In perhaps one of the most audacious and worrying revelations in the battle for privacy, it's been found that the manufacturing supply chain for a number of servers has been compromised. A Bloomberg investigation reports that servers made in China's technology hub have been tainted with the installation of a tiny chip that can siphon data. At least 30 major tech companies are affected in the sophisticated nation-state attack.
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Huawei is receiving rave reviews for its latest handset, the P20 Pro. Even in the United States, where the phone isn't on sale, reviewers are importing the device to declare it the phone of the year. The praise is understandable - it pushes the camera past its nearest competitors and is arguably the prettiest phone ever built.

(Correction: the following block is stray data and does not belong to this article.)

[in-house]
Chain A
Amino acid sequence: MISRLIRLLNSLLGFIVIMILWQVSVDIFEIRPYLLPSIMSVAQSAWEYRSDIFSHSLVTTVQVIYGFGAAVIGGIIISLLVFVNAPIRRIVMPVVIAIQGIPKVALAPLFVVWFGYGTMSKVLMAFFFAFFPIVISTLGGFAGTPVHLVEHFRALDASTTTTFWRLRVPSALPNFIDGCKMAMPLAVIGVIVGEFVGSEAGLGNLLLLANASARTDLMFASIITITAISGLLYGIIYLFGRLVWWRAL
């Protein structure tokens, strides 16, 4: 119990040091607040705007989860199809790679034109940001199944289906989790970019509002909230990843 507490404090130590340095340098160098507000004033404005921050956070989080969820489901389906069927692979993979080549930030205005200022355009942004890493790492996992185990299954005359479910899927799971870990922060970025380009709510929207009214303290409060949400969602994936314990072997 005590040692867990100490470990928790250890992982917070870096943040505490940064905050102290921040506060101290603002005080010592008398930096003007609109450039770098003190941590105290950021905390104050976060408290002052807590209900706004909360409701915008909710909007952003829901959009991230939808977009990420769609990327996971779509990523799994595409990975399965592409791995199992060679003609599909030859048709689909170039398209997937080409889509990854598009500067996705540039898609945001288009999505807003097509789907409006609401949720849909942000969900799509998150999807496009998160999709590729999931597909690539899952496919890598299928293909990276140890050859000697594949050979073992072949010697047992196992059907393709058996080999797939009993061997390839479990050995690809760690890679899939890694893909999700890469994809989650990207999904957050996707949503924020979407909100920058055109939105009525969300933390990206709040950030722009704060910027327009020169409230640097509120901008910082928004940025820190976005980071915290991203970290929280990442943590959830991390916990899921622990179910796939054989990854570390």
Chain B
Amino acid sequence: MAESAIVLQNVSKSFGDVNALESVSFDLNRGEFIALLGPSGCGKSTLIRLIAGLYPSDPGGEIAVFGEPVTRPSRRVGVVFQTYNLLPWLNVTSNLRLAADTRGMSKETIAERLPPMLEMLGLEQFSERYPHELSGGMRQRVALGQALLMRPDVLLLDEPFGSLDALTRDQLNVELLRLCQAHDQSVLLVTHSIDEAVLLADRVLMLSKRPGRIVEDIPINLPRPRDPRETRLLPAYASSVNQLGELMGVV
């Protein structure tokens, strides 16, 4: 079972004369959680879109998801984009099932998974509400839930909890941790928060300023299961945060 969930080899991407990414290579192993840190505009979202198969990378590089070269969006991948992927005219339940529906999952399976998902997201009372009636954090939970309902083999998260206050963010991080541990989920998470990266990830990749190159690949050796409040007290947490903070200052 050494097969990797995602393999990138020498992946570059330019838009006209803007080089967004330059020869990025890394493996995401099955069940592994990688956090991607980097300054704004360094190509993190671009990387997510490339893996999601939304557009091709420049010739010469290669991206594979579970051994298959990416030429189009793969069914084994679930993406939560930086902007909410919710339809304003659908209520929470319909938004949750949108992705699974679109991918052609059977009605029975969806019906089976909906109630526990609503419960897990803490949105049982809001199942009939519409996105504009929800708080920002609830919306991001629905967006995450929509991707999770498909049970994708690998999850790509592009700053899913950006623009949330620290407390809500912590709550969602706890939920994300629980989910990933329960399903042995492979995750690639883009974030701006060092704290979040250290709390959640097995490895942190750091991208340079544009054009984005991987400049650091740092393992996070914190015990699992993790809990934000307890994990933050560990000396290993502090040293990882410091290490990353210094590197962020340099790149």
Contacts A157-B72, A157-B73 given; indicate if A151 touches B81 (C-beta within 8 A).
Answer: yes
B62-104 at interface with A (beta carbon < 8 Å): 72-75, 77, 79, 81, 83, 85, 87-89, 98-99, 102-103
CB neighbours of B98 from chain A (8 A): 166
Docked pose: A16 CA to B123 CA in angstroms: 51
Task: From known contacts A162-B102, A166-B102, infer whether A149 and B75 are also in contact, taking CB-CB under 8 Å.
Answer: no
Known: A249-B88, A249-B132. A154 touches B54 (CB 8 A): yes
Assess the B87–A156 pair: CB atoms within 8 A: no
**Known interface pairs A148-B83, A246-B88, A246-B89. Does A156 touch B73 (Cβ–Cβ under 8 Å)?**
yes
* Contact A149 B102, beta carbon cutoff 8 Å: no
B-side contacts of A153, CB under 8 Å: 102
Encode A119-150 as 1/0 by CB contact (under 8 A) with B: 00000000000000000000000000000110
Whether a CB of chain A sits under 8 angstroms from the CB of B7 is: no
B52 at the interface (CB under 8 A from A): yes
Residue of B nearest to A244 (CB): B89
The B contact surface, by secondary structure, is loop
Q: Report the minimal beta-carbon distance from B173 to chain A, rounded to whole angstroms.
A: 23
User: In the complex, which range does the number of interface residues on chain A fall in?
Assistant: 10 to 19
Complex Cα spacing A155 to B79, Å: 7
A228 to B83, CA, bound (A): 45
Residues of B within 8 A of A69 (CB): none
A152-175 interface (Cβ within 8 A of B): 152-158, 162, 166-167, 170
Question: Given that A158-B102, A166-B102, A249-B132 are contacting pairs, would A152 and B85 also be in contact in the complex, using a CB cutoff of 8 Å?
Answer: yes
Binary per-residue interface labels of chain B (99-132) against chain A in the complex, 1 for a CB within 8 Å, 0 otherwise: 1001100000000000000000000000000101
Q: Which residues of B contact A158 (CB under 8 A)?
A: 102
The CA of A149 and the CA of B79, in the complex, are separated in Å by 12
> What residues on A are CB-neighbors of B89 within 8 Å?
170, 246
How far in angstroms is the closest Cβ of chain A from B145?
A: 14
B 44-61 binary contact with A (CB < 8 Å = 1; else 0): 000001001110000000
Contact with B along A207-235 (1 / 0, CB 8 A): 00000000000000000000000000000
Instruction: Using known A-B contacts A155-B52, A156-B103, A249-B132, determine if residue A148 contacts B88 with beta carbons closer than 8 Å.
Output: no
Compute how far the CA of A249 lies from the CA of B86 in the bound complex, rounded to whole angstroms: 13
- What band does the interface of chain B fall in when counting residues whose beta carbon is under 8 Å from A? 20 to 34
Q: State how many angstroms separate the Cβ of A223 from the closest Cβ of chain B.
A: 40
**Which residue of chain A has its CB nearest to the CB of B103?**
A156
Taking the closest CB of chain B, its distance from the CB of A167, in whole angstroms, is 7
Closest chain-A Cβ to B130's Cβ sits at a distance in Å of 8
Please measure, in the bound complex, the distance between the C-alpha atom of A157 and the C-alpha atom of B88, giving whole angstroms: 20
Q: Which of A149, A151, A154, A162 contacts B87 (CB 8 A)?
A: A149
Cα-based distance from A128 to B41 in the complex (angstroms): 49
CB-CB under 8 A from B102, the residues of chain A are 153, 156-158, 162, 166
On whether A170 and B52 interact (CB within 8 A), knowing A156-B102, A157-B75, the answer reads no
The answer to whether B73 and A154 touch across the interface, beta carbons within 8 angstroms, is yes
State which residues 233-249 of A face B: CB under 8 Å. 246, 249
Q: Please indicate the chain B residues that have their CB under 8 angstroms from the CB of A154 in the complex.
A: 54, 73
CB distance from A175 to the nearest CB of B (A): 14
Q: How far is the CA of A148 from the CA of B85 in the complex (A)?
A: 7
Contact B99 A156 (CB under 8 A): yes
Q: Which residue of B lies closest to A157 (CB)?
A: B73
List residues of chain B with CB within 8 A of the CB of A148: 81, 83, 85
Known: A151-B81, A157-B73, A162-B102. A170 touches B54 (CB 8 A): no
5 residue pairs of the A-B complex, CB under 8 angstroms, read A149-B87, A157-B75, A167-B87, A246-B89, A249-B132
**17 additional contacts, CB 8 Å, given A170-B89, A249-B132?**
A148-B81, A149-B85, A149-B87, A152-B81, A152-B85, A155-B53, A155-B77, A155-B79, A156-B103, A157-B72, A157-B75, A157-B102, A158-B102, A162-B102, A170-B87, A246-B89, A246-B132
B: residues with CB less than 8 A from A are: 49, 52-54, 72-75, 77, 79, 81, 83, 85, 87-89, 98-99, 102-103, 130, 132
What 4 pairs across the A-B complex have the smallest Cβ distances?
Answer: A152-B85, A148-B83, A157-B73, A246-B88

And yet... I find it difficult to wholeheartedly recommend this phone in the current climate.
New cybersecurity laws introduced in China make it harder for global companies to store data pertaining to Chinese nationals. And although cloud providers have set up data centres in countries that require citizen data to remain onshore, Amazon and other providers are taking steps to sell their hardware assets to Chinese companies.
Just a couple of days ago, Apple started removing VPN apps from the iOS App Store in China, in response to changing Chinese laws. Now Russia has joined the party, banning VPNs and proxies that allow citizens to access banned sites. It seems that North Korea's limited 28-site Internet might not be such an outrider in years to come.